More sad news from the lower reaches of the football ladder, where yesterday’s Non-League Paper reported on the crisis facing Conference South club Farnborough Town. Farnborough scratch a living on the outer edge of what many of you would regard as “real” football. Their woes go back, ironically, to what might otherwise have been their finest moment – their FA Cup match at Highbury against Arsenal in 2003. Their owner-manager, Graham Westley, had taken them over a couple of years earlier, and he was nothing if not an excellent self-publicist. He certainly hoodwinked the FA, who allowed him to switch his club’s FA Cup third round match from their own, somewhat humble, Cherrywood Road ground to the somewhat more palatial (and, significantly, more lucrative) Highbury. They lost the match 5-1, and in a matter of days, Westley was off: decamping to Stevenage, and taking a staggering seven of his players with him. He also made up with a sizeable pot of cash, leaving the club with a sizeable debt. From then on, the financial mis-management has been sizeable. It has left Farnborough having to put forward a proposal for a CVA (Companies Voluntary Arrangement), which has been reportedly rejected by the club’s biggest creditor, the Inland Revenue. As it stands, they have seven days to persuade the IR to change their position, they’ll be closed down.
There is, of course, a propensity for non-league clubs to do this. The history of non-league football is dotted with teams that have collapsed amid a flurry of bouncing cheques, from the infamous Colne Dynamoes in the early 1990s (who invested everything in having one of the strongest teams in non-league football whilst investing nothing whatsoever in their ground – when they were rejected for promotion into the Conference, their backers pulled the plug and within a few weeks were back playing park football), through to Hornchurch, who went professional in the Conference South, and were running away with it until their owner’s double glazing firm went bust and they were forced to resign from the league.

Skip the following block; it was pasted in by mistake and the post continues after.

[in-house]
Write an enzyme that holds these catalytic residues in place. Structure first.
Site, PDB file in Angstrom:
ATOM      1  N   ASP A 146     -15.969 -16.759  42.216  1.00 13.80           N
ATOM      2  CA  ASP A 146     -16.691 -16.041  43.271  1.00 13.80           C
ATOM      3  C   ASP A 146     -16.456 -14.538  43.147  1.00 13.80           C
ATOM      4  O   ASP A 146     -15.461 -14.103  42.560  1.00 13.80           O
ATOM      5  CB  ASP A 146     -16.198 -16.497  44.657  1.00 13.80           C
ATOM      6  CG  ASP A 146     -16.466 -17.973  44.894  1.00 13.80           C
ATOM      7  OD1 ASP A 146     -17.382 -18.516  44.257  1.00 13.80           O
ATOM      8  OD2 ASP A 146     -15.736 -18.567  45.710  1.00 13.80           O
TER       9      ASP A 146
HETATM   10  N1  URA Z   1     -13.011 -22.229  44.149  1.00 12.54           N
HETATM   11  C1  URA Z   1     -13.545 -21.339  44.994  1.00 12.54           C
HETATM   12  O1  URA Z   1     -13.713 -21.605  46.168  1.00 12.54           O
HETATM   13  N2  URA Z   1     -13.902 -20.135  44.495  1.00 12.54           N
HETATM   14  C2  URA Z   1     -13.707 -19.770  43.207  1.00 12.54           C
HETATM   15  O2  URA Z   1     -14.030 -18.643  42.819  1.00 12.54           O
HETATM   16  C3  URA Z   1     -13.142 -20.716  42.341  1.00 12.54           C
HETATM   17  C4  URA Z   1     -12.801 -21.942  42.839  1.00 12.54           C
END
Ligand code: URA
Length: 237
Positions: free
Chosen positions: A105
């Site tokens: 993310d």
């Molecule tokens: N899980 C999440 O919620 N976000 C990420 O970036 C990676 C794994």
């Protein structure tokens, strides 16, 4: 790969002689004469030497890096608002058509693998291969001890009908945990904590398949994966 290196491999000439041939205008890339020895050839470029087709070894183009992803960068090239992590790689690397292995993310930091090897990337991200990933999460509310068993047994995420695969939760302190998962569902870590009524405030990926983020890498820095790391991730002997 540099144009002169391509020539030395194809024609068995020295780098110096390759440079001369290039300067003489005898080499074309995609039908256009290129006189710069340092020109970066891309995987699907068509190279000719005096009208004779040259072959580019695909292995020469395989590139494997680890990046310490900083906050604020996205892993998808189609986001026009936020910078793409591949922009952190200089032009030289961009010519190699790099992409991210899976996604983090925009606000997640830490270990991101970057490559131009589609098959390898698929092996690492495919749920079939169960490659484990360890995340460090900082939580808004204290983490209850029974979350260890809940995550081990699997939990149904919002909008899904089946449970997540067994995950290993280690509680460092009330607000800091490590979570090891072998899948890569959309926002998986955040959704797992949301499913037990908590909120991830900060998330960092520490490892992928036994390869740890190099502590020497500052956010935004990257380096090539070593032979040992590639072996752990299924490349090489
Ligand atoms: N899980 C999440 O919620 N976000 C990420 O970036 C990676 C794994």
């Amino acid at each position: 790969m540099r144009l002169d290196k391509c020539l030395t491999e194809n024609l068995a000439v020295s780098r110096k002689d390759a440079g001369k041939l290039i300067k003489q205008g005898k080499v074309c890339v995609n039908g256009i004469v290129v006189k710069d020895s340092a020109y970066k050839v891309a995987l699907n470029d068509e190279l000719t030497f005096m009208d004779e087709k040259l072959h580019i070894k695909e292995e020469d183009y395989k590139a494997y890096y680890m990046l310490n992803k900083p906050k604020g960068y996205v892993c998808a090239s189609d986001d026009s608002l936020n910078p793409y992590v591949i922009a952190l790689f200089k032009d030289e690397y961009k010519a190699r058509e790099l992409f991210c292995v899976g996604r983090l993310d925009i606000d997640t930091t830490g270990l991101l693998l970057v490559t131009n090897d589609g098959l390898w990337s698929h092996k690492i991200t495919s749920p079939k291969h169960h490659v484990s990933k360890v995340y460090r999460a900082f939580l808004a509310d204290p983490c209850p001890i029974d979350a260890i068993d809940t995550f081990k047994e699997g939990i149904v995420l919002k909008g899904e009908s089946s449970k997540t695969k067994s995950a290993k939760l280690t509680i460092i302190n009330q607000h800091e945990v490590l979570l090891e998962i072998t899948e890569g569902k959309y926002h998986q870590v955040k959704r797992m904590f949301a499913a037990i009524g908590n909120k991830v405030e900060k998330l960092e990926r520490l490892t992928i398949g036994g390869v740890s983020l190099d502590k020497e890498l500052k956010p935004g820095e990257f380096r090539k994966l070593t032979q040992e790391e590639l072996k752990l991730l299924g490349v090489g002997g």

In theory, running a non-league football club, for a reasonably wealthy person, looks like an attractive deal. You get a bit of the status for a small percentage of the price required to invest in League club. The supporters will be remarkably loyal. It helps grease palms locally, should you be a locally based businessman. And then, of course, there’s the dream. Your club might just become the new Wycombe Wanderers, and shoot up through the divisions like a rocket. You might even get a run or two in the FA Cup, and end up being interviewed by Ray Stubbs on a cold January lunchtime. The reality, of course, is somewhat different. Even more than League football, the non-league game is a bottomless pit into which the wildly over-ambitious can pour their money. There’s no TV money at all. Well, below the Conference, there’s no televised football at all. The sponsorship money is negligible. Non-league clubs are almost entirely dependent on gate receipts and bar money. If four hundred people pay £9 to get in and spend the same again once in the ground, that’s £7200 per fortnight. This sounds like a lot of money, until one remembers that increased wage bills have trickled right the way down from the Premiership. The facts are hard to come buy, but there are certainly players in the Conference on at least a grand a week. Lower down, the wage bills are likely to top £5000 per week. There’s no get-out clause. It comes as no surprise to me that bills don’t get paid, and that clubs end up massively in the red.
This happened at St Albans five seasons ago. The ground had been brought up to Conference standard. Money had been lavished on the team, but promotion was not forthcoming. The club entered into a CVA which it couldn’t pay. In January 2002, the club was suspended by the Ryman League. In the end, a local businessman stepped in and saved the club, under-writing their debts. We had a couple of very lean years, narrowly avoiding relegation two years in a row before last season’s somewhat astonishing tilt at the title, which ended up in promotion to the Conference. The decision was made some time ago that the club would stay semi-professional in the Conference. There are only semi-pro teams left in the Conference, and this season promises to be a long, hard struggle. We were the pre-season favourites to go down, and bookies aren’t wrong very often. Our current record shows two draws and five defeats in our last seven matches, and it looks like being a long, hard winter, Having said that, though, we expect to finish the season on an even financial keel. The promise of something approaching a degree of financial security is much more important that chasing a dream that, in view of the state of Clarence Park, is unattainable anyway. Remember that, the next time you’re imploring your board to break their wage budget on shiny new strikers. As the proverb goes: be careful what you wish for. It may just come true.